An American Perspective on National Security in a Borderless World

J. Thomas Schieffer
U.S. Ambassador to Australia
Sydney, Australia

March 23, 2004

Eleanor Roosevelt once said that politics and diplomacy are stories without end, requiring constant attention, keen thinking, and an appreciation of complexity. Terrorism is the bane of our time. It has transformed our politics as well as our diplomacy and its consequences will be with us for decades to come. Like politics and diplomacy it will require constant attention, keen thinking and an appreciation for its complexity.

Time was when national security meant what we were doing beyond our borders. National security issues were synonymous with our foreign policy. Now, national security encompasses what we do at home as well as what we do abroad. The cop on the beat in our hometowns around the world is just as important to our respective national securities as the soldier on patrol in a faraway land.

Terrorists are transnational in character. They wear no uniform and fight for no national flag.They move among the strong as well as the weak. They have no particular ideology and no particular set of demands. Their philosophy is simple. They believe they have the right to take innocent lives to further their cause no matter how fractured or transient that cause may be. They and they alone claim the right to make war or peace, to let some live while others must die.

Were the terrorists to succeed, our world would be plunged into a new Dark Age. The values we hold dear - the values of free speech, freedom of religion, freedom of the press, equality of the sexes, tolerance and democracy would become extinct. To prevent the success of terrorists, to meet their threat, those of us who believe in those values must forge a united front and act as one.

A little over a year ago President Bush outlined our thinking in his National Strategy for Combating Terrorism. In it, he said, the United States was prepared to do four things:

  1. Defeat terrorist organizations of global reach by attacking their sanctuaries, leadership, finances, command, control, and communications;

  2. Deny further sponsorship, support, and sanctuary to terrorists by cooperating with other states to take action against these international threats;

  3. Diminish the underlying conditions that terrorists seek to exploit by enlisting the international community to focus its efforts and resources on the areas most at risk; and,

  4. Defend the United States, its citizens and interests at home and abroad.

The most daunting task we faced in the aftermath of September 11 was that of conceptualizing and creating a whole new system to protect our citizens from terrorist attacks. You have heard the stories about what went wrong. Fire department radios could not transmit to police department radios. Some firefighters rushing in from other cities and neighborhoods were unable to assist because the couplings that attach hoses to hydrants simply would not fit. Information that could have led to the apprehension of some September 11 hijackers was not shared among agencies. We knew instantly that we had to change.

But we also realized that it was not simply a matter of changing radio frequencies or connecting computer systems; it required a whole new philosophy of how to secure our country, a new approach emphasizing shared responsibility and leadership, from the national level to the neighborhood community center. Our federal government knew it had the responsibility to lead, but it also knew that every level of government would have to be involved for success to be achieved. We also knew that we would need the help of international partners.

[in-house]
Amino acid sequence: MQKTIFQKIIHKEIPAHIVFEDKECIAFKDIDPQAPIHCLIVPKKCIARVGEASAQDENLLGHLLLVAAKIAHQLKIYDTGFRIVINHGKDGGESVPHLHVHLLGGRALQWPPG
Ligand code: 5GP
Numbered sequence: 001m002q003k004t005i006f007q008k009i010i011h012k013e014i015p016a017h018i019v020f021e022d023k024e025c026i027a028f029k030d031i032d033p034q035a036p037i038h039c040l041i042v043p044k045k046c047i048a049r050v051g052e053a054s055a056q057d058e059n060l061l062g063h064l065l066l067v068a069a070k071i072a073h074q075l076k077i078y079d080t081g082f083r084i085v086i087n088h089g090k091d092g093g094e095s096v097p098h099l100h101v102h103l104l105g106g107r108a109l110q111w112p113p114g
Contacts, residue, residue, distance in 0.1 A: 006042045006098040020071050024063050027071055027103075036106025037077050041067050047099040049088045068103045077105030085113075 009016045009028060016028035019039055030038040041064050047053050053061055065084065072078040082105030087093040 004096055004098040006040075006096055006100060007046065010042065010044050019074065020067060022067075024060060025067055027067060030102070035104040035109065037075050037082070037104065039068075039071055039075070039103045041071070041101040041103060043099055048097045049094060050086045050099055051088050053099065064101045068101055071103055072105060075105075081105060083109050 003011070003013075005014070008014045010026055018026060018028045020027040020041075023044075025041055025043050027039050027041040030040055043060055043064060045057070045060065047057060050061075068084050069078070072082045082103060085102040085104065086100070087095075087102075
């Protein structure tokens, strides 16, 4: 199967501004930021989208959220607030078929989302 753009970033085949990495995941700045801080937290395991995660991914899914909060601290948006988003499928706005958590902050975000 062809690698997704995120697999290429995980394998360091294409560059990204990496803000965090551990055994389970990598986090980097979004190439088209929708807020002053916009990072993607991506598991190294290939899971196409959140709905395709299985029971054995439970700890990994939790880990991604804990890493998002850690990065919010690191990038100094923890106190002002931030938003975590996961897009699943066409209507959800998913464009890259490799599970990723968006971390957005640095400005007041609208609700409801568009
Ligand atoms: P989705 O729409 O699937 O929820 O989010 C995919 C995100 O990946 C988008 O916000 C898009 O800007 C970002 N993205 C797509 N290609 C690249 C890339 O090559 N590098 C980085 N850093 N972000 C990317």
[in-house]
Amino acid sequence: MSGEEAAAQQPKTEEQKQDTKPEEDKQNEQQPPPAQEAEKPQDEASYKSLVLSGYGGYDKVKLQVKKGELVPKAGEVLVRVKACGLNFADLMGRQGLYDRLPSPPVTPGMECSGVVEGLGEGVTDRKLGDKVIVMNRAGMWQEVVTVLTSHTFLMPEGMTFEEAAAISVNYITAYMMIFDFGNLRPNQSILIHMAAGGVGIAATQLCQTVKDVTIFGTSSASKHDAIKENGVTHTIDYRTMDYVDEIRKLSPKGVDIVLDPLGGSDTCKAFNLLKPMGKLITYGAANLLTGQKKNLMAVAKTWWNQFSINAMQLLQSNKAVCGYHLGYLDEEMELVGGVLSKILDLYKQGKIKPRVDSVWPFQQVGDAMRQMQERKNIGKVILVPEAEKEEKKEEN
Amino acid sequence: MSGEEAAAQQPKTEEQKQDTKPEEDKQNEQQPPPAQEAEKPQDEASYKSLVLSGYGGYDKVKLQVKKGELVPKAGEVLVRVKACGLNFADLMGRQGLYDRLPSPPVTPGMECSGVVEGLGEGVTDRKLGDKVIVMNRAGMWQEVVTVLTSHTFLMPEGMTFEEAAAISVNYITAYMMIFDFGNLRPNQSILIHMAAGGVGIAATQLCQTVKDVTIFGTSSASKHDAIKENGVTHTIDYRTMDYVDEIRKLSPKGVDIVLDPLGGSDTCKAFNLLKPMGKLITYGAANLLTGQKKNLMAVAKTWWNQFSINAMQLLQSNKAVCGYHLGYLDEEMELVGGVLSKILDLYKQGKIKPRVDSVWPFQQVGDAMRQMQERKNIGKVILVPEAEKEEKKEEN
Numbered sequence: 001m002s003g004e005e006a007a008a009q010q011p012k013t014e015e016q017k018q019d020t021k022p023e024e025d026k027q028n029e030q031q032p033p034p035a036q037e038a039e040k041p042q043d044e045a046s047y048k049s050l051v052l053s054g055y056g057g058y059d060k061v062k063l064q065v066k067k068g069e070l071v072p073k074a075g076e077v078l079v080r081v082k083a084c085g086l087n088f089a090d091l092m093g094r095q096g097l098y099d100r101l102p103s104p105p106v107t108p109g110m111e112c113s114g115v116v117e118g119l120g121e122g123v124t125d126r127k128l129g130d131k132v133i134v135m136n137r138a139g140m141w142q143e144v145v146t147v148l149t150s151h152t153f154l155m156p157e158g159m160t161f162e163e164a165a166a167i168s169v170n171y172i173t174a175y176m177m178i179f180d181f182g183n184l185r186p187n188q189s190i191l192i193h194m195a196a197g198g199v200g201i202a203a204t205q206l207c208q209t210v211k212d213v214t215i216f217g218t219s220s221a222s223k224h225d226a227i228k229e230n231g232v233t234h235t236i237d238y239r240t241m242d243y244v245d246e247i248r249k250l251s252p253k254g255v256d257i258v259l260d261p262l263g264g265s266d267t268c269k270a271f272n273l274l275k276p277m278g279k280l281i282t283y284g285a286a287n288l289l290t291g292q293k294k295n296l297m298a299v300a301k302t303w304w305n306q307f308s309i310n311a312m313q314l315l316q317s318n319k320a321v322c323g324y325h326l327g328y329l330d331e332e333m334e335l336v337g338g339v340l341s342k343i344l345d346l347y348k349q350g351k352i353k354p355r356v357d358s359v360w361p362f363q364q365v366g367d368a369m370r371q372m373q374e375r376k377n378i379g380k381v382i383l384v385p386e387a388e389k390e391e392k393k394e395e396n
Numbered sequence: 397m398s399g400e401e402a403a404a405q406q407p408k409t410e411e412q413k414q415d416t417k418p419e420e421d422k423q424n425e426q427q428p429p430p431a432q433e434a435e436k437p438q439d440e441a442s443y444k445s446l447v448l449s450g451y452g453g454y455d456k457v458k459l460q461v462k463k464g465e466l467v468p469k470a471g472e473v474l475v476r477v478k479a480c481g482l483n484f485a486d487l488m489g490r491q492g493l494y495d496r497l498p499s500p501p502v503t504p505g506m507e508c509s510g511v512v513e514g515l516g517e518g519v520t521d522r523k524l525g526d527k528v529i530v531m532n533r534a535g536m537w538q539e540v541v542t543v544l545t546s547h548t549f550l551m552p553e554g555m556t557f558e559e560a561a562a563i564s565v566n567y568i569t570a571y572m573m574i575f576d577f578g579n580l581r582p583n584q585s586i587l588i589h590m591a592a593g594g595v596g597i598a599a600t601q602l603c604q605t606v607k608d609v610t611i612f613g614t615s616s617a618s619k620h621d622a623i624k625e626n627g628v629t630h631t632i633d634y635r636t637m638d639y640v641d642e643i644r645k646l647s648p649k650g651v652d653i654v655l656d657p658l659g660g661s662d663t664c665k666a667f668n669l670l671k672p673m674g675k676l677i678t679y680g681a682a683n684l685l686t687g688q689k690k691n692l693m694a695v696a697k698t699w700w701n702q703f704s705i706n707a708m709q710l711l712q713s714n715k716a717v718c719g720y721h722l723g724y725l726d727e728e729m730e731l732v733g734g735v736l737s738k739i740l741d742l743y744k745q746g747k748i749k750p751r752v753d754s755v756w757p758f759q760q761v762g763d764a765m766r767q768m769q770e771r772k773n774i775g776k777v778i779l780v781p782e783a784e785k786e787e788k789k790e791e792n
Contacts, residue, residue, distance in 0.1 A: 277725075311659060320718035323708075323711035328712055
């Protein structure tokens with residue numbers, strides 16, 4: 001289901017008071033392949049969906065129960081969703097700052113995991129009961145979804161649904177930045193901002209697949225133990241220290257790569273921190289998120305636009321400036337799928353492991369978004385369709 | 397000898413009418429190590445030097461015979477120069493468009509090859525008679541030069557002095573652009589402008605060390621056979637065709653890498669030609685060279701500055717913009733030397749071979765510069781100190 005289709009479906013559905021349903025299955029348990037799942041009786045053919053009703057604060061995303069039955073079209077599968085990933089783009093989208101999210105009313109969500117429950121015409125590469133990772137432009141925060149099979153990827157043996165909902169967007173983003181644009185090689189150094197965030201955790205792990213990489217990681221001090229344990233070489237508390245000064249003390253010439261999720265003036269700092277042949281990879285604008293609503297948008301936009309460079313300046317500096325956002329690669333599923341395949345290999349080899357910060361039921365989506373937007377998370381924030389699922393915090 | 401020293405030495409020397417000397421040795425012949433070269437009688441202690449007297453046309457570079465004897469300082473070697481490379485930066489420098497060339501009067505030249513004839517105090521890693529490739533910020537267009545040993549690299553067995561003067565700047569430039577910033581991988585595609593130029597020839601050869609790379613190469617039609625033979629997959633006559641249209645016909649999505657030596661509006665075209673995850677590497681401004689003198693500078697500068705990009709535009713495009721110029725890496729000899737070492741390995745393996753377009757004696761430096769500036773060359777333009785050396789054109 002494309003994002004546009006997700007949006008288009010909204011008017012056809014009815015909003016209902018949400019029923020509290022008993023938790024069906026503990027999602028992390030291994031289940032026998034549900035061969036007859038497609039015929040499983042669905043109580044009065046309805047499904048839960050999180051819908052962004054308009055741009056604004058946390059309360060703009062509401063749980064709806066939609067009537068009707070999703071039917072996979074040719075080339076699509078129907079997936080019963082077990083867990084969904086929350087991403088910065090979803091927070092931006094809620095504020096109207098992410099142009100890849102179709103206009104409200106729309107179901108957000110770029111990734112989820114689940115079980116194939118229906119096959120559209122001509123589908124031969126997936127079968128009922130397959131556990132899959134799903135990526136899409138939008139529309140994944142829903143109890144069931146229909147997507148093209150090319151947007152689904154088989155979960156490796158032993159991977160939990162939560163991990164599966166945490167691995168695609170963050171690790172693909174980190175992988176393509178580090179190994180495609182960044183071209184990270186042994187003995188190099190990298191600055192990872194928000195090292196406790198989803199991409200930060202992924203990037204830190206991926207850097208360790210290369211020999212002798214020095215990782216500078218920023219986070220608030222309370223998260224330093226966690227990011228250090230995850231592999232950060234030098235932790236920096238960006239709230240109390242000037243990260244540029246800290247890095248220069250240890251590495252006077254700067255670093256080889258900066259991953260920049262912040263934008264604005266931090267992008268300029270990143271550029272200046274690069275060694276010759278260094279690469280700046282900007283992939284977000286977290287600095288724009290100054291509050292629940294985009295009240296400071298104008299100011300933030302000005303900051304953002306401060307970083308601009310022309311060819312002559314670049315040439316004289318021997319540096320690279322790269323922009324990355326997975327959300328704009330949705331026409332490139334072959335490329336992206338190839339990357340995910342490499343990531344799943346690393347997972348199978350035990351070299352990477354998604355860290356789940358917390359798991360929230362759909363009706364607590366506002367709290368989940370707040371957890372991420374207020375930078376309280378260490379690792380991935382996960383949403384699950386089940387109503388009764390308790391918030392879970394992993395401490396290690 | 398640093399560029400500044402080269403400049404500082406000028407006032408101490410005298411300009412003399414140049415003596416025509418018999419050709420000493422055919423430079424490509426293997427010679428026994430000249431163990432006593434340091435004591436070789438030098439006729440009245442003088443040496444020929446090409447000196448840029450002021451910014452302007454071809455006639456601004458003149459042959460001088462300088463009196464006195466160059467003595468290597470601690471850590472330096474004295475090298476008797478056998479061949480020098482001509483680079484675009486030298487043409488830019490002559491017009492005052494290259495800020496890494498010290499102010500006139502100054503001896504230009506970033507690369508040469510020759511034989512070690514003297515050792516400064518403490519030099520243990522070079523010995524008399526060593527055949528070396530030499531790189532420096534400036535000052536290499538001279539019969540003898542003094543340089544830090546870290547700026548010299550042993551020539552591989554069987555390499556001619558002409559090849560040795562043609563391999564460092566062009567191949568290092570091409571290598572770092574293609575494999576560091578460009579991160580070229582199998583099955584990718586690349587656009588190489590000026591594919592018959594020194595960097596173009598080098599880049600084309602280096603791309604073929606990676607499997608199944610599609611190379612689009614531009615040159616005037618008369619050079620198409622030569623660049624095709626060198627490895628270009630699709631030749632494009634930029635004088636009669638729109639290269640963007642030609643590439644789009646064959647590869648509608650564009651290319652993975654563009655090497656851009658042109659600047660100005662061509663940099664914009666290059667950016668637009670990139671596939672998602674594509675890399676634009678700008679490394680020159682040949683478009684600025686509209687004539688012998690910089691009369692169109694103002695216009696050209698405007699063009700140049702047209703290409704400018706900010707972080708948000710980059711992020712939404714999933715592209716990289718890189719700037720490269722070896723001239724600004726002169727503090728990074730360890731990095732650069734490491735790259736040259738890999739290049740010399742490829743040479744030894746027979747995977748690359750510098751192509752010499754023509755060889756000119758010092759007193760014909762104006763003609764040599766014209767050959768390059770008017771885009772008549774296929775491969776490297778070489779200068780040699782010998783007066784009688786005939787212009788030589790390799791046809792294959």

The Department of Homeland Security, or "DHS" as it quickly became known, officially opened for business a year ago this month. In the words of Secretary Tom Ridge, the amalgamation of 180,000 people and 22 agencies amounted to "a full-scale government divestiture, merger, acquisition and startup, all at once - undoubtedly, the biggest 'change management' challenge of all time."

DHS has accomplished a great deal in a short period of time. DHS now patrols 95,000 miles of shoreline and navigable waters and 7,500 miles of land borders with Canada and Mexico. Every year, more than 500 million people, 130 million motor vehicles, 2.5 million railcars, and more than 11 million containers are processed at our borders.

To monitor these mammoth flows and provide for our security, DHS unified our border inspection process to accelerate the free flow of goods and people in an effort to keep terrorists and criminals from entering our country.

In eight short months, the Department created a new entry-exit program, called the US-VISIT system, which enhanced the nation's security while facilitating legitimate travel and trade through our borders. Since January 5 of this year, the biometric capability of US-VISIT has identified 107 individuals who were wanted for crimes in the U.S. or previously deported, and would not have been caught any other way.

DHS and other agencies took immediate and extensive measures to enhance aviation security. In less than a year, we deployed newly trained screeners, thousands of federal air marshals and state-of-the-art technologies, which, from the curb to the cockpit, have made airline travel safer.

DHS created a new system in place to ensure that foreign students are not delayed upon entry, but that those posing as students, seeking entry to fraudulent schools, are stopped in their tracks. Last fall almost 300,000 students were successfully cleared for study at our institutions of higher education. Two hundred who attempted entry, but were not registered at any school, were sent home.

In less than a year, DHS significantly expanded the nation's container security initiative to 17 major international ports of trade, working alongside our allies to inspect and secure the nearly 20,000 containers of cargo that arrive at our shores every day.

DHS created a powerful and constant two-way flow of information between the federal government, states, and local governments with a standard Homeland Security Advisory system. DHS has also allocated or awarded a record $8 billion to states, regions and cities to help train and equip our nation's dedicated first responders.